Review Summary: Amidst their evolution, La Dispute lose a piece of themselves.6 of 6 thought this review was well written
The first thing that becomes immediately apparent from the opening moments of ‘Wildlife’ is that La Dispute have matured considerably. Often, musical maturity brings with it improved song writing, musicianship, and in general, higher quality music. Except that is, when your biggest assets and selling points lie in your raw emotion and your frantic, unpolished delivery. The wild riffs that took centre stage and battled with the vocalist and other instruments for superiority. Your lead singer who was not only allowed, but encouraged to wail and yell way past the point of excess, and then for a little bit longer, and it somehow working against all logic. The chronicling of grand tales of misfortune and betrayal, without any reservations as to whether they may seem contrived, juvenile, or just plain cheesy. These are the things that made La Dispute, well, La Dispute, and on ‘Wildlife’, they’ve decided to evolve.
Playing to your strengths is a simple philosophy that has become clichéd thanks to its applicability to any walk of life or profession. But it’s one cliché that, all sighs aside, rings true time and time again. On ‘Wildlife’, La Dispute haven’t eradicated everything that made them unique, but they have unnecessarily shackled themselves in a bid to mature. Nothing on ‘Wildlife’ sticks out as being distinctly poor, and yet very little distinguishes itself as being of real quality either; undoubtedly the biggest problem the album suffers from. ‘Harder Harmonies’ aside, the first seven songs contain very little substance, and barely leave an impression upon their completion, with ‘a Departure’, ‘St. Paul Missionary Baptist Church Blues’, and ‘a Letter’ prime culprits. The same is true of ‘The Most Beautiful Bitter Fruit’, which features a promising, understated riff that bubbles beneath the surface and comes alive at the songs chorus, only to disappointingly regress again as quickly as it announced itself.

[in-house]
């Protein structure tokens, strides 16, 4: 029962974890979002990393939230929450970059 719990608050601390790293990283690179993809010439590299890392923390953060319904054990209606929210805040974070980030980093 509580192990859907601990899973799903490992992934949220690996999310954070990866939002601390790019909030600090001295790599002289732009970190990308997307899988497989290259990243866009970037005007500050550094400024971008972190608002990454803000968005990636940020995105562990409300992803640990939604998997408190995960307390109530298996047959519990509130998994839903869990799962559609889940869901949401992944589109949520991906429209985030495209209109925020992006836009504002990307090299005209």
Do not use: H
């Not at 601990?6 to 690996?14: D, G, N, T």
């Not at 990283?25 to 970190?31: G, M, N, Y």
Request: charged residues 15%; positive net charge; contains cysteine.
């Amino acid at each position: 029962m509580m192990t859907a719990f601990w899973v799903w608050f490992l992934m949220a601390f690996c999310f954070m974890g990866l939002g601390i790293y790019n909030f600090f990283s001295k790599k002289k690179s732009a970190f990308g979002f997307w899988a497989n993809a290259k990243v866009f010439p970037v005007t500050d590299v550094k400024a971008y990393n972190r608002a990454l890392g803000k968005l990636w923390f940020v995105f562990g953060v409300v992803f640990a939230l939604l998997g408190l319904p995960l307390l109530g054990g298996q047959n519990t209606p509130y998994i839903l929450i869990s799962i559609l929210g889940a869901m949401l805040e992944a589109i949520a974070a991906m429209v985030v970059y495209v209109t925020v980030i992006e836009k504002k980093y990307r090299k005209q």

On the majority of ‘Wildlife’, the guitars are noticeably softened and no longer do battle with vocalist Jordan Dreyer, instead seeming content to provide undertones for him to merge with in the spoken word sections and dominate in the harsh. The highlights occur when Dreyer exists independently to the music, spinning tales and driving the songs rather than following his bandmate’s lead. ‘King Park’ sees him at his undisciplined best, as he delivers the most emotive lyrics that La Dispute have ever put to record, in arguably the finest song they've ever penned. As it ebbs and flows mirroring the intensity of the story it’s depicting, so are we painted ever clearer pictures of the unfolding events. The culmination of the accidental killing of a child in a drive-by shooting is delivered in a crushing finale, where restraint is ignored in favour of brutal, colourful imagery. Following track ‘Edward Benz, 27 Times’ continues the trend, with an effectual story involving mental illness and a riff reminiscent of their debut. Coupled with ‘a Poem’ and ‘a Broken Jar’, the stronger latter half of ‘Wildlife’ effectively recalls the elements that made their previous works so engaging.
In their search for a more mature sound, La Dispute have crafted a cohesive collection of songs that undoubtedly flows more competently than their debut. Somewhere amidst their evolution however, they've managed to lose some of the creative spark that made them so endearing and relatable in the first place.